Stereo was invented and patented by Alan Blumlein in 1931.
Stereo provides the listener, the illusion or sense of listening to sound sources positioned to our Left, directly in front of us, to our Right and anywhere between Left and Right. The first mass-produced commercially available 12” Stereophonic long-playing record was released in March 1958 by the artist, Johnny Puleo and his Harmonica Gang on the New York based, Audio Fidelity Record Label (AFSD 5830).
Understanding The Stereo Soundstage Left - Centre - Right
Imagine yourself seated centrally in the front row seats of a theatre looking at the stage.
There are 3 musicians on stage in front of you, the first musician is positioned to the extreme left of the stage playing acoustic guitar, the second musician is the singer positioned in the centre of the stage directly in front of you with the third musician playing electric guitar positioned to your extreme right. Now close your eyes and imagine the 1st musician playing to your left, the 2nd musician singing directly in front of you and lastly the 3rd musician playing to your right. The positioning of the musicians on this imaginary stage have created what can be described as a Left, Centre, Right sound stage. Your hifi replicates this imaginary sound stage as an electronic sound stage, the Left speaker representing the position of the 1st musician and what’s known as a Phantom Centre channel representing the position of the 2nd musician and the Right speaker representing the position of the 3rd musician.
The Phantom Centre Channel & The Pan Control
The Phantom Centre or Central position is created electronically during the recording and mixing process. One of the features available to the studio sound engineer when using a recording mixing console is the Pan Control. The Pan Control allows the mix engineer to position a recorded sound at various positions between the Left and Right speakers. For example to our Left, directly in front of us (Centre), to our Right or anywhere between the Left, Centre, Right sound stage.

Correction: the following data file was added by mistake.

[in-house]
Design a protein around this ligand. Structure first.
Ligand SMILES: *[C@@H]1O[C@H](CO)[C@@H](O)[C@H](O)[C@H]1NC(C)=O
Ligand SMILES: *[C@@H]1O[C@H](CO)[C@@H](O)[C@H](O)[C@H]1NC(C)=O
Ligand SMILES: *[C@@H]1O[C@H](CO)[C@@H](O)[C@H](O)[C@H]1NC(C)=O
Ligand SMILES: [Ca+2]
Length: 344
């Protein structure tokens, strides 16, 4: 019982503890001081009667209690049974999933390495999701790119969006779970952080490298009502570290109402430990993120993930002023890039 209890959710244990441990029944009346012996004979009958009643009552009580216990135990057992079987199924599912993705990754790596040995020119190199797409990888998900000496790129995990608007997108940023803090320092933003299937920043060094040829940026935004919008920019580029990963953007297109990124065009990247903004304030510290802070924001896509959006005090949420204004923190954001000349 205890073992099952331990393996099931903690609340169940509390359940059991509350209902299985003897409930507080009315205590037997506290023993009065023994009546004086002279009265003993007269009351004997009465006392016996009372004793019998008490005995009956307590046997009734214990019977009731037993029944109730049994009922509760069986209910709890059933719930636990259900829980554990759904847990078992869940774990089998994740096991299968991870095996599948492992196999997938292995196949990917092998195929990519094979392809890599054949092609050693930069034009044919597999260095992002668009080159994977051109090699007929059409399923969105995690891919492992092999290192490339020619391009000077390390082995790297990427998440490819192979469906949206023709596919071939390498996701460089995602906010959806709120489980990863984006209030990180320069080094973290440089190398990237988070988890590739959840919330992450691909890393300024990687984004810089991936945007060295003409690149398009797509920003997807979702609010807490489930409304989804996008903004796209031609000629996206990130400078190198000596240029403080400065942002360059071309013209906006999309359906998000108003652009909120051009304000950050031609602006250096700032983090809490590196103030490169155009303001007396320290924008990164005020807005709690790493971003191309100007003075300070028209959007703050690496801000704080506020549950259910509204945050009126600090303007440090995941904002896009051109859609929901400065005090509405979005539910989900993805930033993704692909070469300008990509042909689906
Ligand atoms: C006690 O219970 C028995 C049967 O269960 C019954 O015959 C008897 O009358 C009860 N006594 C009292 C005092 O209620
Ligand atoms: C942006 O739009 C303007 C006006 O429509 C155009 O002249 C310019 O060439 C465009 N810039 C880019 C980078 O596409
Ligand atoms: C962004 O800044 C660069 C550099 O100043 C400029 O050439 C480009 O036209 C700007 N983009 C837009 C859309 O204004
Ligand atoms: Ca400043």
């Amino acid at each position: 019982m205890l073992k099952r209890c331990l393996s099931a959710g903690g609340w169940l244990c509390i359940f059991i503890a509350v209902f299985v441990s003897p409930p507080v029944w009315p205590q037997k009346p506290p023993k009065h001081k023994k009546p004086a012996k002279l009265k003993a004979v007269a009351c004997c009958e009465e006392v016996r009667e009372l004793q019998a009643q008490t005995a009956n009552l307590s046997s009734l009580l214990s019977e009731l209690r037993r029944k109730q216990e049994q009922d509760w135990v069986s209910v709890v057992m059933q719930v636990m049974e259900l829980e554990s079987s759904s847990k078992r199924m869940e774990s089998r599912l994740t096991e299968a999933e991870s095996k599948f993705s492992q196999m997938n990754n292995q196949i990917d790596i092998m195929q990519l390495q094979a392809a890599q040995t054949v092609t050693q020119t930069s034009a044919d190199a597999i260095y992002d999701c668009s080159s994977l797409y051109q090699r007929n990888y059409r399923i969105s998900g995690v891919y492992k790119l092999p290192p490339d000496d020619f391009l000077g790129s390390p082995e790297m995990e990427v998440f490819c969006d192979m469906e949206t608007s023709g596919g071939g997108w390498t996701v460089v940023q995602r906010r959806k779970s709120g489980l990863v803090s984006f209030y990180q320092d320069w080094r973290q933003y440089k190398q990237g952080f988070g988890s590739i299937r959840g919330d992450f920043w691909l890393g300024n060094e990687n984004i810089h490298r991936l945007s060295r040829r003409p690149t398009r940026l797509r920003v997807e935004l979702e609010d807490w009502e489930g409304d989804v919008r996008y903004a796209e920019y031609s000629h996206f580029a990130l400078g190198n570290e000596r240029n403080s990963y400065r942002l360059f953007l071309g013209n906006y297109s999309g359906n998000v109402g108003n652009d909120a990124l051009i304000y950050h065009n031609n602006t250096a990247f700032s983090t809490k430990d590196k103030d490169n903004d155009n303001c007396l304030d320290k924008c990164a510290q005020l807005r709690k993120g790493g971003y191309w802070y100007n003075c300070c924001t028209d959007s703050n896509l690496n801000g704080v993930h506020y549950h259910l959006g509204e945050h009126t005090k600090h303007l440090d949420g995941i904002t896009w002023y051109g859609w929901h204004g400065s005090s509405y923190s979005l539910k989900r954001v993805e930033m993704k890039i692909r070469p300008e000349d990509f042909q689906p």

The Panning positions can be as follows: (See the images below)
LEFT 100% 87.5% 75% 62.5% 50% 37.5% 25% 12.5% CENTRE 12.5% 25% 37.5% 50% 62.5% 75% 87.5% 100% RIGHT
The Pan control also allows the engineer to separate the recorded sounds so that they don’t mask each other, improving definition and separation within the stereo sound stage. When the Pan Control is centrally positioned, an equal amount of electrical signal is sent to both the Left and Right channels and as a result, the recorded vocal for example, appears to the listener to be centrally positioned between the Left and Right speakers, when the listeners listening position is centred between the two speakers.
Note: The distance between your Left and Right speakers plus the amount of toe in, effect the amount of division or spacing between the panning positions 0% to 100%, the wider the distance between the speakers, the wider the panning positions and soundstage.
2008 - Shelby Lynne & The Song ‘Willie and Laura Mae Jones’
This recording demonstrates the modern form of Stereo Sound Stage extremely well. It is a recording by the artist Shelby Lynne and her cover of the song ‘Willie and Laura Mae Jones’ written and composed by Tony Joe White. Taken from the Album ‘Just A Little Lovin’ recorded at Capitol Studios, Hollywood, California, USA, in January 2007. Produced by Phil Ramone and recorded and mixed by the Grammy Award winning Recording Engineer and Mixer, Al Schmitt. The reason for choosing this recording is to help the listener understand more about the Stereo Left, Centre, Right, Sound Stage and how it is created using the Pan control.